Please note: In order to keep Hive up to date and provide users with the best features, we are no longer able to fully support Internet Explorer. The site is still available to you, however some sections of the site may appear broken. We would encourage you to move to a more modern browser like Firefox, Edge or Chrome in order to experience the site fully.

Resolving Ecosystem Complexity (MPB-47), Paperback / softback Book

Resolving Ecosystem Complexity (MPB-47) Paperback / softback

Part of the Monographs in Population Biology series

Paperback / softback


An ecosystem's complexity develops from the vast numbers of species interacting in ecological communities.

The nature of these interactions, in turn, depends on environmental context.

How do these components together influence an ecosystem's behavior as a whole?

Can ecologists resolve an ecosystem's complexity in order to predict its response to disturbances?

Resolving Ecosystem Complexity develops a framework for anticipating the ways environmental context determines the functioning of ecosystems.

Oswald Schmitz addresses the critical questions of contemporary ecology: How should an ecosystem be conceptualized to blend its biotic and biophysical components?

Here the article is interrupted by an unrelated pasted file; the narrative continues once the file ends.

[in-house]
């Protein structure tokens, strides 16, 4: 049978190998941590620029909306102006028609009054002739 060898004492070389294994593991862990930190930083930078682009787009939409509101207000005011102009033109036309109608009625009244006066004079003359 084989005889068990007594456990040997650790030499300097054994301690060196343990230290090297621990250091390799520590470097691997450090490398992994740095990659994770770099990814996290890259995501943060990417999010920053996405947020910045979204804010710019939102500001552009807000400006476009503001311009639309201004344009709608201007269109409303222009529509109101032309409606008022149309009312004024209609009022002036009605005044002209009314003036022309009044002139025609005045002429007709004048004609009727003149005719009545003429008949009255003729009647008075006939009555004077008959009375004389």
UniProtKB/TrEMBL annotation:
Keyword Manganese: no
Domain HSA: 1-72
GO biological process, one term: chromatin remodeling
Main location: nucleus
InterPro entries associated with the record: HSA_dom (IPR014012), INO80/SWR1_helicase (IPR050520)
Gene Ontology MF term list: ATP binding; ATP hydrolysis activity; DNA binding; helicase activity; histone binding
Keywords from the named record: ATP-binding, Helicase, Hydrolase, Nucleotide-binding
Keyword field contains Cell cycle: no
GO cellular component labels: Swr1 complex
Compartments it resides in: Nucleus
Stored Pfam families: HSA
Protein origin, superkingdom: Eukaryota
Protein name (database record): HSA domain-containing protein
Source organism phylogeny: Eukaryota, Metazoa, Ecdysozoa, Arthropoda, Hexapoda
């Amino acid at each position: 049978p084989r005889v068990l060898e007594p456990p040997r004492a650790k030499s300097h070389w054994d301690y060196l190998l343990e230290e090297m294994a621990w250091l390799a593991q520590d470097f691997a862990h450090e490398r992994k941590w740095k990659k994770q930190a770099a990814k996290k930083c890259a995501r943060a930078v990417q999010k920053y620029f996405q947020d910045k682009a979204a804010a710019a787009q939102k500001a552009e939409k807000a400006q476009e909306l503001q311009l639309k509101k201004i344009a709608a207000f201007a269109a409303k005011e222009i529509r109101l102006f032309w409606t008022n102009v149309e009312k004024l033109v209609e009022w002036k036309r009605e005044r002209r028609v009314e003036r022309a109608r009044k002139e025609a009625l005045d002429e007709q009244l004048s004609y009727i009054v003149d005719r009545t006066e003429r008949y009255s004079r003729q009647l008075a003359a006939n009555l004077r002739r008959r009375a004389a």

How should evolutionary ecological principles be used to derive an operational understanding of complex, adaptive ecosystems?

How should the relationship between the functional biotic diversity of ecosystems and their properties be understood?

Schmitz begins with the universal concept that ecosystems are comprised of species that consume resources and which are then resources for other consumers. From this, he deduces a fundamental rule or evolutionary ecological mechanism for explaining context dependency: individuals within a species trade off foraging gains against the risk of being consumed by predators.

Through empirical examples, Schmitz illustrates how species use evolutionary ecological strategies to negotiate a predator-eat-predator world, and he suggests that the implications of species trade-offs are critical to making ecology a predictive science.

Bridging the traditional divides between individuals, populations, and communities in ecology, Resolving Ecosystem Complexity builds a systematic foundation for thinking about natural systems.


Other Formats



Free Home Delivery

on all orders

Pick up orders

from local bookshops

Also by Oswald J. Schmitz   |  View all

Also in the Monographs in Population Biology series   |  View all